We awoke with a pain in our heads and a chain on our ankles, Valeris and myself attached to a kobold and a half-Orc and a wall full of spikes, arranged such that one of us would be pulled against the wall by our shackle if the others were to run, as one would be want to do if one saw, just out of reach, the key that might unshackle one from such a situation, which indeed we did, and though I sent Byron to fetch the key and bring it to me–and after some persuasion he stopped his reading for long enough to try–when the key burned him and he skipped out of the material plane, I was nominated to fetch the key instead and the half-Orc, whose name I later learned to be Thar (the kobold went by Qui’kli), was nominated to take the undulating spikes from the wall, which I did and he did and the whole charade disappeared in a puff of faintly magical smoke. We wondered briefly what kind of situation we had found ourselves and how we had managed to do so–the last I recalled Valeris and I were on an errand for our Mistress– but no sooner had we wondered than an answer presented itself, when KD appeared on a balcony somewhere above us and explained how he had crawled here, and how Saya– who appeared from the shadows, looking even blanker in expression than she used to– had gone out to retrieve us, and bring us here as some sort of lesson for our misdeeds, which I will admit to quite readily, as self-delusion is unbecoming of anyone who wishes to learn anything of the world or one’s self.
Having explained his intentions, he then lit a torch, which he then used to light a fuse, which in turn lit a channel of fire, which erupted around the room, followed by a buzzing and scurrying the likes of which I will not attempt to reproduce here, lest I fail to do it justice or, in doing it justice, recall it too vividly and force myself to stop writing or you, dear reader, to stop reading, which again would be unbecoming. The sound, though, was but a precursor to the horde that made it: thousands of bugs began to stream out of tiny crevasses around the room, and the four of us ran for one of the doors, choosing the one second-closest to us, having been warned by KD not to use the closer one, which by the looks of it led outside, and might have led to freedom, but for whatever reason we trusted his advice as he tried to kill us with an onslaught of vermin, which crunched and burned and split quite readily as we made our way to the door, albeit with a few bites and bruises on our way, and when we arrived on the other side we closed the door and took a deep breath.
Bugs, though, find cracks in anything, and so we were soon running across an old, once-sturdy stone bridge, the horde following us along the way, and though we were careful not to overstress the structure, the bugs had no such forethought, and Valeris found himself trapped above the seemingly bottomless chasm, bugs streaming toward him and naught but air between he and us, until Thar and your humble narrator scaled a gap between cavern wall and a massive obelisk, reaching in this manner a height of some fifty-five feet, and then pushed with all our might until said obelisk fell, creating a bridge of quite a temporary nature, upon which Valeris might run and make the last few yards before the last remnants of the bridge fell to the darkness below. He failed and fell. Thar and I fell, but not anywhere near as far. We all looked down into the darkness, got our bearings, and proceeded.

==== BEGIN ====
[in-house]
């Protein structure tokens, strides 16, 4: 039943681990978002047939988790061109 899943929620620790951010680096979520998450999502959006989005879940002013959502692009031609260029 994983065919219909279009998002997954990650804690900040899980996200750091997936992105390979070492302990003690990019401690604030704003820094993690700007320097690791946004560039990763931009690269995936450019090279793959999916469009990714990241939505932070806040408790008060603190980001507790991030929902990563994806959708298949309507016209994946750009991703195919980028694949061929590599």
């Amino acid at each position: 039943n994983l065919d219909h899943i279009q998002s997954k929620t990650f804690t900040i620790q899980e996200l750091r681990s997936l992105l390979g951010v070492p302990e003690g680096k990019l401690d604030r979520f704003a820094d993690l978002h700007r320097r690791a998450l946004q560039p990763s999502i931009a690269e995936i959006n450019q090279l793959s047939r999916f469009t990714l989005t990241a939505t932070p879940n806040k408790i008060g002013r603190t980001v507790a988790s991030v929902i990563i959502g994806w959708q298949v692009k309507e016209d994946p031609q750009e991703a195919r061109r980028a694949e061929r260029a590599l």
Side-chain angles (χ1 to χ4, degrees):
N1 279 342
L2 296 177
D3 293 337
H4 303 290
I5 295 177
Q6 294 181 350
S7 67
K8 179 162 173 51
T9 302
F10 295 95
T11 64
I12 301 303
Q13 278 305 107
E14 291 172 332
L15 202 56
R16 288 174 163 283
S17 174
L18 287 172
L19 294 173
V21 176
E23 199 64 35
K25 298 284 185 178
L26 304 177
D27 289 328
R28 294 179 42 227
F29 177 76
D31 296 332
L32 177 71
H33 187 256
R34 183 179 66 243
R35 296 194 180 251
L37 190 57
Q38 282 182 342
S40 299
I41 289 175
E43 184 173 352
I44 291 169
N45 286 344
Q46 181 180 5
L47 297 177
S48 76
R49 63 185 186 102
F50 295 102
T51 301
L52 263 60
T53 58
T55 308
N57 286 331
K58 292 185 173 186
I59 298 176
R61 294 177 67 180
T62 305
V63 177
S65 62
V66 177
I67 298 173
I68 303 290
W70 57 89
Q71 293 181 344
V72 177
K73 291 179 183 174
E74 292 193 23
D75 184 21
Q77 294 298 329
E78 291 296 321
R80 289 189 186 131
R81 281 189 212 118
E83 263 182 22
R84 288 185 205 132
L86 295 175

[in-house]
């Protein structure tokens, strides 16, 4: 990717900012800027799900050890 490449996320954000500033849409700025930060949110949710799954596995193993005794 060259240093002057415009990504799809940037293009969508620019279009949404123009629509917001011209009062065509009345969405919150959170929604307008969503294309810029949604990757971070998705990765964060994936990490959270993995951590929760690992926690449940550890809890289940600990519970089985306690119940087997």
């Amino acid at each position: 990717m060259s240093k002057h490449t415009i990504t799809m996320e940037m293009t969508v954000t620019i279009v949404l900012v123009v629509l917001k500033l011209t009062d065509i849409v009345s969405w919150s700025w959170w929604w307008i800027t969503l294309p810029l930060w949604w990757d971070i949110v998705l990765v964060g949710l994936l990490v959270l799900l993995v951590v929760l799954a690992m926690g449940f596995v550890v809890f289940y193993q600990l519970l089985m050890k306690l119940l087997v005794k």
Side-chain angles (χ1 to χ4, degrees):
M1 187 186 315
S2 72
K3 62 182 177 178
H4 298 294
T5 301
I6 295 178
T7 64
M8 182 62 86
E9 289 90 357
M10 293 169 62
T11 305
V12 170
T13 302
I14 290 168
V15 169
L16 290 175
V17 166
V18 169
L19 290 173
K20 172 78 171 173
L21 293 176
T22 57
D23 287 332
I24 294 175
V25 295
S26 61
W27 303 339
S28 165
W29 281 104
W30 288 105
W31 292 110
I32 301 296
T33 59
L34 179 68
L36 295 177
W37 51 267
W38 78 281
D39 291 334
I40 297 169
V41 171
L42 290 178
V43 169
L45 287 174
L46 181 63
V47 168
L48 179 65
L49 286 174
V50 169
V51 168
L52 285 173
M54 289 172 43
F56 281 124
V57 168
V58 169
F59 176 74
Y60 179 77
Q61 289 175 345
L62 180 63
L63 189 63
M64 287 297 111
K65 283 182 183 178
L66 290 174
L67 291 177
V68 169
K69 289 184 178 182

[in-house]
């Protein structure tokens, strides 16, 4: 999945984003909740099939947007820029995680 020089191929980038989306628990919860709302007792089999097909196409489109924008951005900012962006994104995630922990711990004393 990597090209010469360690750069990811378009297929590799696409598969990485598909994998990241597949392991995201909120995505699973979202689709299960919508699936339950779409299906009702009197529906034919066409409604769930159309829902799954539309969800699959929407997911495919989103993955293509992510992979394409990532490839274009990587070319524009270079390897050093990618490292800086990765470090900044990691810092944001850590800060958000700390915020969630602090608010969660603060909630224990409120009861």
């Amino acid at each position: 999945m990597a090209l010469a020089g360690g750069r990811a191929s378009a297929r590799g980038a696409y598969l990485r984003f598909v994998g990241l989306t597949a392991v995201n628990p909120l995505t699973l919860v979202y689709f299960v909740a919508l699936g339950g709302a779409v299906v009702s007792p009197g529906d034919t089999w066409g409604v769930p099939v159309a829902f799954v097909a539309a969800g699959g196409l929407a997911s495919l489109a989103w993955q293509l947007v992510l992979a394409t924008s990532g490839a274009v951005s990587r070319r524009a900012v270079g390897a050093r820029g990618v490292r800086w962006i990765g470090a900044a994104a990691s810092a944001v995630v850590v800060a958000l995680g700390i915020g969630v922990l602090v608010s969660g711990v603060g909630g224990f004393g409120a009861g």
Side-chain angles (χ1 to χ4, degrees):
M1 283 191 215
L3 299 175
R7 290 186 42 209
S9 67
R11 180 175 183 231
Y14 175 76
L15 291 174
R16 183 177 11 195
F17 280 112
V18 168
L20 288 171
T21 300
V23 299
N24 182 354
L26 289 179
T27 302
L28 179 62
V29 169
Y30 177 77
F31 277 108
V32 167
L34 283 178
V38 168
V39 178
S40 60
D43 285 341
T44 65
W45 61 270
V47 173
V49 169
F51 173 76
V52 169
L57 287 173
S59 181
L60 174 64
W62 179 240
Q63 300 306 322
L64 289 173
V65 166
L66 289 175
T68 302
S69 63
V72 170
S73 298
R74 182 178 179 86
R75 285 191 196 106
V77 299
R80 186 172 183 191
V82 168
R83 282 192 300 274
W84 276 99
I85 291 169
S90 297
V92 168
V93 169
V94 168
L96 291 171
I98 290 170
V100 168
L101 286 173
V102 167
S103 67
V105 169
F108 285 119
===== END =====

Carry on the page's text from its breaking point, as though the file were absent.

You will, I plead, forgive me if it seems that the above was a lie given what came next, but I assure you that this all did happen: bugs, bridge, obelisk, falling, and all, and one slight arcane lock later we found ourselves, heads still aching, in a quaint little reception room, where a man was sitting in a comfortable chair attending to the wounds of one Valeris a’Lindesta, who not ten minutes before had fallen into the endless darkness along with a horde of bugs and the remnants of a stone bridge and giant obelisk. You will think, dear reader, that the above was some kind of story to bring glory to my friend, but if it were that it would serve much better had he made it, I assure you, and not fallen to his certain doom, only to arrive instead into the care of this man, who introduced himself as Seric and wished to know our business with the Stormcrow Company, whose name I had seen emblazoned on the obelisk before he had pushed it down into oblivion, and whose headquarters we were apparently in, and whose service Seric seemed to be in, and whose Alpha Squad seemed to be missing, and whose Alpha Squad Seric seemed to assume we might have murdered, and whose headquarters were strictly off-limits to outsiders, and who considered us outsiders, and whose servant Seric attacked us for all the above reasons but mostly because he did not believe that we all just wanted to go home.
Seric did not so much fall as evaporate, which is not a comforting sight at any time but is even less comforting in situations where spiked walls and bugs seem to appear from nowhere, and I began to wonder what the true nature of this prison might be, but my ponderances were interrupted when Seric reappeared and began once more to attack us, and as we realized the futility of killing him a second time we instead employed a chain, earlier found in the corner of the room, to bind him– a job that the chain seemed to relish, in the same way that a scabbard relishes holding the sword whose size and shape it was perfectly designed for– and, when he began to attempt to take his own life in order to escape the bonds, deposited the poor, misguided fellow into a glass box, also in the corner of the room, and when he smashed his head against the glass wall, he evaporated once again, and then reappeared, still inside the box and still quite bound, and we apologized to be so cruel after he was so nice as to return Valeris to us, but we left him there as we continued forth.